It’s time for another random top 10 list, and this week I thought I would pick the ten best uses of an outside song in a film (meaning it can’t be part of the score). Movies that make use of this give some of the most memorable scenes in film history. Below are my picks (I chose only one scene from each individual movie).
10. Manhattan: “Rhapsody in Blue”
Woody Allen’s use of the song in the beginning of his classic comedy sets up the tone of the entire film. Using the jazz beat to show the New York skyline is simply stunning.
9. The Big Lebowski: “Just Dropped In (To See What Condition My Condition Was In)”
The Big Lebowski is my favorite Coen brothers’ movie, and in one of the movie’s funniest scenes, the Dude dreams about himself going to a bowling alley dancing to “Just Dropped In (To See What Condition My Condition Was In).” The Coens’ use of special effects is amazing, and the scene even takes a satrical bite at Saddam Hussein. A superb piece of work by the brothers.
8. 8 1/2: “Ride of the Valkyries”
“Ride of the Valkyries” actually makes an appearance twice on the list, and Federico Fellini uses the song expertly in his surrealistic masterpiece 8 1/2. It is a thrilling scene in one of the many dream sequences where Guido tames all of his lovers. There’s a reason why 8 1/2 is often touted as one of cinema’s great movies.
7. Reservoir Dogs: “Stuck in the Middle With You”
Only Quentin Tarantino could come up with a sequence where a character would sing and dance to folk song “Stuck in the Middle With You” while torturing a cop. Disturbing, gory, and darkly humorous, this remains one of the most iconic moments in Tarantino’s universe.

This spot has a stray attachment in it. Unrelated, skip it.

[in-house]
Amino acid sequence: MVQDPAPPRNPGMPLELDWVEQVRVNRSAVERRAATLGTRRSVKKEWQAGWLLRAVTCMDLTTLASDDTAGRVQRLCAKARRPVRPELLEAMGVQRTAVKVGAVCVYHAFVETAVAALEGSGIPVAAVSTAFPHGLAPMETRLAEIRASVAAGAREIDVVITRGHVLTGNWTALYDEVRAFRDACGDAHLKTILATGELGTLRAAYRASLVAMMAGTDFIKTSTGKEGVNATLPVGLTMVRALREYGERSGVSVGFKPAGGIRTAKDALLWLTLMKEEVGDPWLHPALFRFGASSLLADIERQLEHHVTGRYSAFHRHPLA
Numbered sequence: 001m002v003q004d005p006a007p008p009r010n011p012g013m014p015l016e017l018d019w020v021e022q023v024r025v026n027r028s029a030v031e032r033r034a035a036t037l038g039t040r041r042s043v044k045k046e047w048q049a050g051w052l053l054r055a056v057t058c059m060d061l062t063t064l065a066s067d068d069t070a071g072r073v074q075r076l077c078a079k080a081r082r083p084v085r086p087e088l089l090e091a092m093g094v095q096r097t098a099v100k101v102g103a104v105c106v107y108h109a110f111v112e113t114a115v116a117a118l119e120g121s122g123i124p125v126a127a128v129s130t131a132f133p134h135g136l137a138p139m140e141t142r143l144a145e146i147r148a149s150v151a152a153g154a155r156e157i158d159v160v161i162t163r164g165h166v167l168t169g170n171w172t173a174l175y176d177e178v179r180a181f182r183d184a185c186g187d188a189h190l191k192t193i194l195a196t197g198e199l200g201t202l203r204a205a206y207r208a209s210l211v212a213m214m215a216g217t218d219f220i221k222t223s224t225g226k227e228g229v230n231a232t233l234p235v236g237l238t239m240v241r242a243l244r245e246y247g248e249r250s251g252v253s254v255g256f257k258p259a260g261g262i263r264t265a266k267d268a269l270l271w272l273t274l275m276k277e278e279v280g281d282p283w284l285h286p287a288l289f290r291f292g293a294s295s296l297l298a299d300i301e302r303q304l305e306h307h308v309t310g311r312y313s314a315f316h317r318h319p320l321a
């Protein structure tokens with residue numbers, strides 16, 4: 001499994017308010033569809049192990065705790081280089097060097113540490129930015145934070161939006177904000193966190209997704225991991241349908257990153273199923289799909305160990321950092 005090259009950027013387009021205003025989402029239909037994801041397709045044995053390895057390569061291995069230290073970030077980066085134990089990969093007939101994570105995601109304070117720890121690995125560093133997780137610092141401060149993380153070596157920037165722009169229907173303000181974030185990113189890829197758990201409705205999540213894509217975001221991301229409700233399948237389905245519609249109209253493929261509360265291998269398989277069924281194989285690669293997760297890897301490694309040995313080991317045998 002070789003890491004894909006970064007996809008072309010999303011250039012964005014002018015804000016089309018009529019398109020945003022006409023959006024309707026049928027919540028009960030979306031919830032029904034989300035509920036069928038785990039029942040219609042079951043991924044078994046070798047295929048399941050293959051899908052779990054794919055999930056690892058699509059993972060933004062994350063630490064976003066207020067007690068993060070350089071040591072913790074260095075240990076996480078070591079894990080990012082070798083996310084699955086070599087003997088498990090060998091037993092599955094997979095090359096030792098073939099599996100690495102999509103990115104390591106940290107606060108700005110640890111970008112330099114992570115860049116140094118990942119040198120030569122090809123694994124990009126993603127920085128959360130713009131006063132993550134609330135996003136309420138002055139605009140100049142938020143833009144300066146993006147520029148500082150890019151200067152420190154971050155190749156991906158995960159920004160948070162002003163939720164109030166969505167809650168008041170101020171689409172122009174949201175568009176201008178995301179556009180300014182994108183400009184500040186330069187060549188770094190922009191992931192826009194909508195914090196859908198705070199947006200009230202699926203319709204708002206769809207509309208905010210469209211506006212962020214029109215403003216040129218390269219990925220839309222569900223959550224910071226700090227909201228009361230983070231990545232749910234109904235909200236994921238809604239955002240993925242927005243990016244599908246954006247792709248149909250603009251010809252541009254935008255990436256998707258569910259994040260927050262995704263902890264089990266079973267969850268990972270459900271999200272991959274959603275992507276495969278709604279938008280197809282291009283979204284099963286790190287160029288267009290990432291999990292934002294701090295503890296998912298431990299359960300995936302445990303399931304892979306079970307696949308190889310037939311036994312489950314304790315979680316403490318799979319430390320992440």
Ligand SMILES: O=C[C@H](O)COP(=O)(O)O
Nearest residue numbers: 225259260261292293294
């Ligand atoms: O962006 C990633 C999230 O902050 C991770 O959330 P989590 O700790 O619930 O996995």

6. Blue Velvet: “In Dreams”
David Lynch offers the film’s best scene where one of Frank Booth’s friends lip-syncs Roy Orbison’s “In Dreams.” The result is an intense, memorable sequence that’s haunting, particularly with the use of the lighting, that’s one of Lynch’s finest moments.
5. Magnolia: “Wise Up”
In the emotional climax of Paul Thomas Anderson’s masterpiece Magnolia, all the characters start singing Aimee Mann’s “Wise Up.” Many critics objected to this scene and stated this is where the film falls apart, but for me it adds to movie and creates one of the most powerful sequences on screen. Magnolia is a flawless film in my book, and it is my favorite Paul Thomas Anderson picture.
4. A Clockwork Orange: “Singing in the Rain”
You know exactly which scene I’m talking about. One of the most disturbing moments in Kubrick’s classic features some very dark humor in satire. Horrifying and amazingly done.
3. GoodFellas: “Layla”
Martin Scorsese uses music that only few other directors could do (the others being Stanley Kubrick and Quentin Tarantino). The “Layla” scene in GoodFellas, used to show a group of killed mobsters, has a nostalgic feel to it, matching the movie itself. GoodFellas is a film I could watch any day and “Layla” is a song I could listen to any time.
2. 2001: A Space Odyssey: The Blue Danube
No one mastered music in their films as well as Stanley Kubrick and while 2001 doesn’t retain much of the director’s black humor, there is satire in the film and it isn’t more evident in “The Blue Danube” scene. Using the classical piece, most commonly used for ballroom dances, while showing floating nuclear missiles is genius on Kubrick’s part.
1. Apocalypse Now: “Ride of the Valkyries”
I can sing the praises of Apocalypse Now all day and I’ve said plenty of times before it was my favorite film. For a movie with countless great scenes, the best remains the “Flight of the Valkyries” one where Lt. Kilgore sweeps through a Vietnamese village in a helicopter attack, both frightening and thrilling at the same time. It may as well be my favorite scene of all time.